Gold News

'Big Risk' to Gold Price in Non-Zero US Fed Rate as Summers Sees Recession Threat, Goldmans & T-Bonds Don't

GOLD PRICES held the $1060 per ounce level in London's wholesale market Tuesday, trading some 1.4% above this month's new 6-year low as Western stock markets rallied hard ahead of tomorrow's long-expected US rate rise from the Federal Reserve.
 
Crude oil stabilized above yesterday's plunge near 11-year lows but base metals fell again as the Baltic Dry Index of shipping costs fell almost 5% to a new 30-year series low according to Bloomberg News, pointing to the collapse in China's steel output.
 
Silver today edged back above $13.80, some 15 cents above Monday's new 6-year low, but still more than 25% below January's 2015 highs over $18 per ounce.
 
"We are seeing quiet conditions in most markets," says a note from US brokerage INTL FCStone, "[and] don't expect much to happen over the course of the next 36 hours or so, as markets wait."
 
"Gold is still faced with selling pressure," says a trading note from Hong Kong dealer Wing Fung Precious Metals, saying that "as risk increases" so do difficulties for the gold market.
 
"The big risk [for precious metals prices] is that the Fed finds non-zero rates aren't so bad after all," Reuters quotes Australian bank Macquarie's analyst in London Matthew Turner.
 
"Then people will begin to price in a more aggressive tightening cycle."
 
"If we're to believe you should raise rates for financial stability reasons," says former US Treasury secretary and one-time Fed chairman candidate Larry Summers in an interview, "you have to believe there's a serious problem of over-confidence, of bubble formation.
 
"You can't say that today of high-yield bonds, emerging markets or commodities."
 
"I hope the Fed will not now invest its credibility," Summers adds in an article for the Washington Post, "in signaling further increases until and unless there is much clearer evidence of accelerating inflation."
 
US Treasury bonds spread: 10-year yields minus 2-year yields
 
The gap between 10-year and 2-year US Treasury yields slipped Tuesday near the lowest levels of the last 8 years, retreating rather than rising steeply as happened in each of the five US recessions since 1980.
 
The slump in corporate debt prices is meantime sending a "false recession signal" according to portfolio strategists at US investment bank Goldman Sachs, dismissing last week's plunge in many high-yield bonds.
 
Some $27 billion of investors' money is still sitting in mutual funds now losing 10% peak-to-trough in 2015, says data compiled by Yahoo Finance.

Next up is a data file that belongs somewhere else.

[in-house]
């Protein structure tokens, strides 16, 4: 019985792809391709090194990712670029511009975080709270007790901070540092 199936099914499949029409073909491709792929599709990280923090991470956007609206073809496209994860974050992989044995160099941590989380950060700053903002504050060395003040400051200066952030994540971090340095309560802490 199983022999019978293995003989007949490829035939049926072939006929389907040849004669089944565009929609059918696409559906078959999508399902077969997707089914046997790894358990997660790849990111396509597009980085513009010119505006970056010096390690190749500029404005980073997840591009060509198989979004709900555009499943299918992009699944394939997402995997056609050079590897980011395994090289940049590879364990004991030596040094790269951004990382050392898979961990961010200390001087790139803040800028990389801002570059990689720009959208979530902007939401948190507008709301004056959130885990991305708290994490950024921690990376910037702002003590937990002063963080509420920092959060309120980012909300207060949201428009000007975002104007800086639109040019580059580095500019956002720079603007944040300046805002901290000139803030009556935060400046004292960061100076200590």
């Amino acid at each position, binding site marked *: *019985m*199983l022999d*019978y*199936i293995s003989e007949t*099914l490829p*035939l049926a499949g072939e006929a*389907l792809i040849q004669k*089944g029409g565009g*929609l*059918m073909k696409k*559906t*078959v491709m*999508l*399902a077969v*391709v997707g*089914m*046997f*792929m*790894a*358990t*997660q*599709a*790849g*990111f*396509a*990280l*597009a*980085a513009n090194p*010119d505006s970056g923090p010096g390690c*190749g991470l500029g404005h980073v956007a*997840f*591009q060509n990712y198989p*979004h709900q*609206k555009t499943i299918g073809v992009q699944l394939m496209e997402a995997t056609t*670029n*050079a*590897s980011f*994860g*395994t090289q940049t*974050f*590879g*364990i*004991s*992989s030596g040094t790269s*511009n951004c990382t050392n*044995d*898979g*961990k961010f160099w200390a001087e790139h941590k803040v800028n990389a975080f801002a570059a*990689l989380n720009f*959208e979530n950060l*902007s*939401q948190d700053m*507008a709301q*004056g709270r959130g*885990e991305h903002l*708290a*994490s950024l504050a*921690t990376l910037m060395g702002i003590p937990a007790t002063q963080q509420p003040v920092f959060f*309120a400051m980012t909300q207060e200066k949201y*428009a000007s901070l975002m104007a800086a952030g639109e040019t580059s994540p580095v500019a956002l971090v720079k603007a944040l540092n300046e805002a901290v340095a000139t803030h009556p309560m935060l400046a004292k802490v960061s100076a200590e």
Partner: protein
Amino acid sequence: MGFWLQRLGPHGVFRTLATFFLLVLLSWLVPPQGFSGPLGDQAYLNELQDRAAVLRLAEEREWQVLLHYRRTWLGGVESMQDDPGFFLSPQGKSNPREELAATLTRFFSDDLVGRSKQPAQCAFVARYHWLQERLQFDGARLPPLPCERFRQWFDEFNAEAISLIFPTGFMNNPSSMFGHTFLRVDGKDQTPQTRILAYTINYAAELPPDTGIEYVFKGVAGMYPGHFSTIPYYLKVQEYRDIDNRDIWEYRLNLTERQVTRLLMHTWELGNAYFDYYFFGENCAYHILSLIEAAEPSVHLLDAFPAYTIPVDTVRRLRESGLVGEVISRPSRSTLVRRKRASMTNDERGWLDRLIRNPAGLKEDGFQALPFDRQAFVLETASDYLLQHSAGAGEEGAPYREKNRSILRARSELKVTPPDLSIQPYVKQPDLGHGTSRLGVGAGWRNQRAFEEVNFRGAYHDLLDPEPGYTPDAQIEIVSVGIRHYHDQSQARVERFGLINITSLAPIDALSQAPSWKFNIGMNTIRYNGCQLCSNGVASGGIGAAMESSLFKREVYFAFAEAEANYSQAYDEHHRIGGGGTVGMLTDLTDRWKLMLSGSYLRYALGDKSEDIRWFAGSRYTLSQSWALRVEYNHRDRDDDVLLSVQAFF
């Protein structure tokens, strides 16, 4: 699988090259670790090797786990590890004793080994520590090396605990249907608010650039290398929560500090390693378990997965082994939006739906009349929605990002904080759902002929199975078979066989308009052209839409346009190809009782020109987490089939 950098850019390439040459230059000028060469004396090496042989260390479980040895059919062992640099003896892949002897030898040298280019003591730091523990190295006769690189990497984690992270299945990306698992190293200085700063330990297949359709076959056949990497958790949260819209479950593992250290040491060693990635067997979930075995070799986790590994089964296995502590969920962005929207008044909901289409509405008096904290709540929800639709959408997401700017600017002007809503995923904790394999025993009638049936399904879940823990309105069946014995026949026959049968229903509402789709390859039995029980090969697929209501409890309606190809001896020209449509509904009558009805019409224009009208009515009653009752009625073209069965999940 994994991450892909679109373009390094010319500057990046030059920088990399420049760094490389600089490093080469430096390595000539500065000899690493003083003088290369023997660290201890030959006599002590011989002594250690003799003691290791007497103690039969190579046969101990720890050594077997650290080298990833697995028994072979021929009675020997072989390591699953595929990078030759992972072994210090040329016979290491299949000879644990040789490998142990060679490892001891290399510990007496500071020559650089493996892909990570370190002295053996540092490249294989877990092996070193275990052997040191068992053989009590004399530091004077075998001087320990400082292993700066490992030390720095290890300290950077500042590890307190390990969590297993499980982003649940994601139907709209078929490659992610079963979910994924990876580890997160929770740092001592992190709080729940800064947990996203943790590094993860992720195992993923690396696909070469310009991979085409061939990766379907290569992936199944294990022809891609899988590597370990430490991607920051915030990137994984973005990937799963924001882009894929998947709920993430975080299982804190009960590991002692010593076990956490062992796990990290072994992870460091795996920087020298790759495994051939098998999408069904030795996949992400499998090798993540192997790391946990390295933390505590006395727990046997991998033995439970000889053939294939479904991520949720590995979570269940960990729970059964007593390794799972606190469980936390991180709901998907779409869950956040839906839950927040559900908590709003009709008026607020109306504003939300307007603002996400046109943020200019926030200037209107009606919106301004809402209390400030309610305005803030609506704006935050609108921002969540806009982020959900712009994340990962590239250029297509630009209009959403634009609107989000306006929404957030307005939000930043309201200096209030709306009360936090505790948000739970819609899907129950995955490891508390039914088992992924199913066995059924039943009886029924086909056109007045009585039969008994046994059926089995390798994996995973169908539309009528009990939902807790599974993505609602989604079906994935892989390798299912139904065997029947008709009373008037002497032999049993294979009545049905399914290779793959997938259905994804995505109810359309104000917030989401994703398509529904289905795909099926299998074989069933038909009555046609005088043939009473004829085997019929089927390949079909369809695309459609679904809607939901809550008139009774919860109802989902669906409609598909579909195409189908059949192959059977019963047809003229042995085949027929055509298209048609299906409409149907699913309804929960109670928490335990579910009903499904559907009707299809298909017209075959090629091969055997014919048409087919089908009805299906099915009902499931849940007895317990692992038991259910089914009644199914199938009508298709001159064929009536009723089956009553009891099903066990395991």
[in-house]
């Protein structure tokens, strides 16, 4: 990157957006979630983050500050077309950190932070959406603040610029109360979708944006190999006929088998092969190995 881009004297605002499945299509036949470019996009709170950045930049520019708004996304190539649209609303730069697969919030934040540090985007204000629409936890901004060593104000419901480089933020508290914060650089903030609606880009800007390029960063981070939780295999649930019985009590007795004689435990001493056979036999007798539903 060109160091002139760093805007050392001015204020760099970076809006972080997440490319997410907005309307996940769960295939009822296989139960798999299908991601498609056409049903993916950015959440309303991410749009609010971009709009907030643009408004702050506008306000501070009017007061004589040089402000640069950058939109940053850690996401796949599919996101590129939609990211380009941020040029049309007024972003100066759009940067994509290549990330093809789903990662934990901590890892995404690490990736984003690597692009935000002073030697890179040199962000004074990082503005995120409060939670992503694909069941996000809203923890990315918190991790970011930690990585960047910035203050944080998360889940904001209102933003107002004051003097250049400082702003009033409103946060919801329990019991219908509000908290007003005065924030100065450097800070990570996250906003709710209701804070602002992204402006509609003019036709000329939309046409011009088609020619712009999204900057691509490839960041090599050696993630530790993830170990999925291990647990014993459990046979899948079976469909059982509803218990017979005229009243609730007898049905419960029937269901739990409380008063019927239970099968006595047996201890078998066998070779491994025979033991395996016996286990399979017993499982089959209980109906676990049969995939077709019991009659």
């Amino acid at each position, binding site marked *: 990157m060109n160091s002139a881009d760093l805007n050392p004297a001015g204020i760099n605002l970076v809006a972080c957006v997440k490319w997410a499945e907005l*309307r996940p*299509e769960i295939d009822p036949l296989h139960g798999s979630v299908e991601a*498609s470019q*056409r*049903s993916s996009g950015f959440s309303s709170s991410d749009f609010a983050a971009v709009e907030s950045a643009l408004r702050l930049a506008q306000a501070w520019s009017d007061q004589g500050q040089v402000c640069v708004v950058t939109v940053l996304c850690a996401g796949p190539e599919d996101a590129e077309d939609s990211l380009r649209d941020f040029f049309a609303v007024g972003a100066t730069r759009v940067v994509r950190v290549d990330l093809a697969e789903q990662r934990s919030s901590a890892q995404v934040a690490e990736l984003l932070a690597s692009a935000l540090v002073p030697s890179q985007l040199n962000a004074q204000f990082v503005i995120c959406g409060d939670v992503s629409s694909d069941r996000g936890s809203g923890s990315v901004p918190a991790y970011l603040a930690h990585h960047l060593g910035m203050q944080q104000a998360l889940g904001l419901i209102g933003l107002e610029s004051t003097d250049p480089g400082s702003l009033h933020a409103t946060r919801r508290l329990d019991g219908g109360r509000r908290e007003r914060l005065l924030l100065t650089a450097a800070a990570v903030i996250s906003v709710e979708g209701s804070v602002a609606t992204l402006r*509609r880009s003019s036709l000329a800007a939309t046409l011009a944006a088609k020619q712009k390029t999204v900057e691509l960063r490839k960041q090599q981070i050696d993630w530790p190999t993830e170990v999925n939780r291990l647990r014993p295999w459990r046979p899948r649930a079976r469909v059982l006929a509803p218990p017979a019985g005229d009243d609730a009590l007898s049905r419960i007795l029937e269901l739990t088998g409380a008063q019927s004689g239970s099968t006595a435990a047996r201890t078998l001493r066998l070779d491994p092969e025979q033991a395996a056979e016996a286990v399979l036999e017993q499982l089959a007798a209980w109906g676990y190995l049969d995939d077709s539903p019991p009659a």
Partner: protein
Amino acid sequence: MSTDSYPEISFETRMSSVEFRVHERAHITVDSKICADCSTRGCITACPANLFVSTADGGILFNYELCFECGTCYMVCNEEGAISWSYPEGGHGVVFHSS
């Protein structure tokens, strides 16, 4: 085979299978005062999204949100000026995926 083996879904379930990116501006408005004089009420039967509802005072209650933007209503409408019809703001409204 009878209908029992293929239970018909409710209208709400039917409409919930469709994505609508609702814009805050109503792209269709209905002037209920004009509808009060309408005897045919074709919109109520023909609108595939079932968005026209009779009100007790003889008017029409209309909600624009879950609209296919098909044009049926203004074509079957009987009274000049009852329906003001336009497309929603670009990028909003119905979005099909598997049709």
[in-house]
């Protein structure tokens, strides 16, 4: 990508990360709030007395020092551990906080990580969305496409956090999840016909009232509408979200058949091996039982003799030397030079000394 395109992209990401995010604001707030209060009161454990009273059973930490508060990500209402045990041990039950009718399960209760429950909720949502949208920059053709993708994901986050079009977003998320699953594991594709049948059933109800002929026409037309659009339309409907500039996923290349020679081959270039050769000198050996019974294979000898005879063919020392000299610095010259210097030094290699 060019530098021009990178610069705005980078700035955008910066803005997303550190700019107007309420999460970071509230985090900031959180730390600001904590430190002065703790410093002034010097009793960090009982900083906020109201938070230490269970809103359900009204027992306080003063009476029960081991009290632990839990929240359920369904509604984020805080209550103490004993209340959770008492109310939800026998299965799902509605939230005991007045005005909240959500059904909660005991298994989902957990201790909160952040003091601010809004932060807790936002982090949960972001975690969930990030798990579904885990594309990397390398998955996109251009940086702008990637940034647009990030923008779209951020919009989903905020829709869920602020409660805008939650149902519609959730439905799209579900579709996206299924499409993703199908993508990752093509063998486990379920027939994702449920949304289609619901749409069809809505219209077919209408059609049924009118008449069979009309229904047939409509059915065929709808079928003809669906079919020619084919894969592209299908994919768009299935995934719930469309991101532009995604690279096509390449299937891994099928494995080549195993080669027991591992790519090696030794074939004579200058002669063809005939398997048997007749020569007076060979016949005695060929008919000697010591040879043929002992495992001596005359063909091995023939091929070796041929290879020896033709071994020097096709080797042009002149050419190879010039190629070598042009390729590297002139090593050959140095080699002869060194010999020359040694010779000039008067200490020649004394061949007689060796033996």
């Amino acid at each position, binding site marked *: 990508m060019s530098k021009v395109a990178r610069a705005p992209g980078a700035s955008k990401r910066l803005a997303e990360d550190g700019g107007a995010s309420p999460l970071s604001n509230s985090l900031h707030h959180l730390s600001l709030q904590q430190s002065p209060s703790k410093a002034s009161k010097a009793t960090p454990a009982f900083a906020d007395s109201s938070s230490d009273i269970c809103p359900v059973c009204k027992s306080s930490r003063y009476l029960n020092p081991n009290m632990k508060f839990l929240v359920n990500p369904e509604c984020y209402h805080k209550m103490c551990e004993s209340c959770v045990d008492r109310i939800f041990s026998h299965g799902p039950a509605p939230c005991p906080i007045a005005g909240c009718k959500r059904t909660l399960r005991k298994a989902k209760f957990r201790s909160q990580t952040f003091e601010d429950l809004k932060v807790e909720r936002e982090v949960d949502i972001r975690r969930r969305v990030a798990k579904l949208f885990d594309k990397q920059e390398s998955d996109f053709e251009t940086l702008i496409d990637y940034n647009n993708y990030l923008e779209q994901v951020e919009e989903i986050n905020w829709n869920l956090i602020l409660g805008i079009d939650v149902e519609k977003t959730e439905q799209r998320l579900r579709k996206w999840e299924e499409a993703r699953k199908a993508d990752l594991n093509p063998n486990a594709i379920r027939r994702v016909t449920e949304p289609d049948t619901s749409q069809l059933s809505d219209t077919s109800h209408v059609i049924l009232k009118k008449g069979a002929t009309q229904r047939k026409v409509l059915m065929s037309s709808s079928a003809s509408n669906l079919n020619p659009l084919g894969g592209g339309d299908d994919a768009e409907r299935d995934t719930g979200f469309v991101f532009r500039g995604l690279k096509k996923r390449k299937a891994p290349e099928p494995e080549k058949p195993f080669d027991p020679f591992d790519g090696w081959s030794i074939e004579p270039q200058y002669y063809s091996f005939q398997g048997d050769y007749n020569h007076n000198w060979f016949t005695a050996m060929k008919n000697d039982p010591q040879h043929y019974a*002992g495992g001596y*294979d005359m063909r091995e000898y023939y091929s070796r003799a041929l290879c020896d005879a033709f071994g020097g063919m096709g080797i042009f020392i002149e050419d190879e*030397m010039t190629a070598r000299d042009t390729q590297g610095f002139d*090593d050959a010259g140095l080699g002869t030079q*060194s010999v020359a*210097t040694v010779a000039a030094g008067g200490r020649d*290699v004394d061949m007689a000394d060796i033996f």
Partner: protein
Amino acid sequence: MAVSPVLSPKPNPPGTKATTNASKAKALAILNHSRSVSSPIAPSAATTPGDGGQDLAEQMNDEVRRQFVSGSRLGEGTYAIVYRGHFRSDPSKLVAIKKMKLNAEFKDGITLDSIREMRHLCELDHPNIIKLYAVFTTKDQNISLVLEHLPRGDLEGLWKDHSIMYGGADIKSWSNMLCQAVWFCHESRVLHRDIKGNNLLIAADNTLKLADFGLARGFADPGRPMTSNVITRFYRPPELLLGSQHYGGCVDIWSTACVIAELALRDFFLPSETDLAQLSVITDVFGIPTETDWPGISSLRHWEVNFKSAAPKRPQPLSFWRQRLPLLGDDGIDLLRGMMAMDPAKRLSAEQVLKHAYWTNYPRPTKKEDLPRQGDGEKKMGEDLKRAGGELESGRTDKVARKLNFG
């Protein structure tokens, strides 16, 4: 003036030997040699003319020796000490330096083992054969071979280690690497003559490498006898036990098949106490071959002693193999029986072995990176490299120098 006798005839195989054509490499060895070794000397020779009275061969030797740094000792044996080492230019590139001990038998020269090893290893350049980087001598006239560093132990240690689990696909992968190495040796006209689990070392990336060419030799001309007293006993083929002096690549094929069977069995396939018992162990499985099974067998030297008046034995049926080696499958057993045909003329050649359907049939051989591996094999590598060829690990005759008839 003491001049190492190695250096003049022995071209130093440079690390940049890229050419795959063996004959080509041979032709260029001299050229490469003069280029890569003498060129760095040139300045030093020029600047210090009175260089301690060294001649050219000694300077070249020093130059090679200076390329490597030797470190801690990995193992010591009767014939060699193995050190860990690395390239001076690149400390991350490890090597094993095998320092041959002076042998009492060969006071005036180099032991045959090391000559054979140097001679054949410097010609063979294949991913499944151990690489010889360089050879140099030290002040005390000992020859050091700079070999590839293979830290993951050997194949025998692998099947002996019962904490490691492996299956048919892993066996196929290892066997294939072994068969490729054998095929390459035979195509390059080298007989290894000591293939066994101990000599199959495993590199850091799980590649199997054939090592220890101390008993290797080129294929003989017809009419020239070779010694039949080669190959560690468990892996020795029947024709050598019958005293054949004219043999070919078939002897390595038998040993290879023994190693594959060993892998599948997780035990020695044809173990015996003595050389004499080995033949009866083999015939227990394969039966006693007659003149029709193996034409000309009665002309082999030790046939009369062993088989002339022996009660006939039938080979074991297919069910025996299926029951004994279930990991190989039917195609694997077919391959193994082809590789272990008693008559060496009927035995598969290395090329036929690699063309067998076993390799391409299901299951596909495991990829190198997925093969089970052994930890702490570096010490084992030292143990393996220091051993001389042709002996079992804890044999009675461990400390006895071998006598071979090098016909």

"We are cautiously optimistic on gold prices into 2016," says a note from Swiss bank and London bullion market maker Credit Suisse, "underpinned by our view that ETF selling pressure will continue to lose influence...physical demand will be a source of strength, central banks will continue buying and supply will begin to decline."
 
Repeating its post-2017 long-term forecast of $1200 per ounce, but cutting 2016's average target from $1175 to $1150, Credit Suisse believes that the gold mining industry's combination of "relatively short average reserve life" (below 10 years for the 7 largest miners in North America) plus the current switch to mining "high grade" deposits to cut production costs will "result in a challenged supply outlook."
 
But gold price rises "will be limited," says a trading-desk note from a fellow London bullion market maker, "as mining companies [also] continue to manage active and opportunistic hedge programs aimed at keeping some certainty over sales revenues in front of their capital expenditures and other debt servicing."

Adrian Ash is director of research at BullionVault, the world-leading physical gold, silver and platinum market for private investors online. Formerly head of editorial at London's top publisher of private-investment advice, he was City correspondent for The Daily Reckoning from 2003 to 2008, and he has now been researching and writing daily analysis of precious metals and the wider financial markets for over 20 years. A frequent guest on BBC radio and television, Adrian is regularly quoted by the Financial Times, MarketWatch and many other respected news outlets, and his views from inside the bullion market have been sought by the Economist magazine, CNBC, Bloomberg, Germany's Handelsblatt and FAZ, plus Italy's Il Sole 24 Ore.

See the full archive of Adrian Ash articles on GoldNews.

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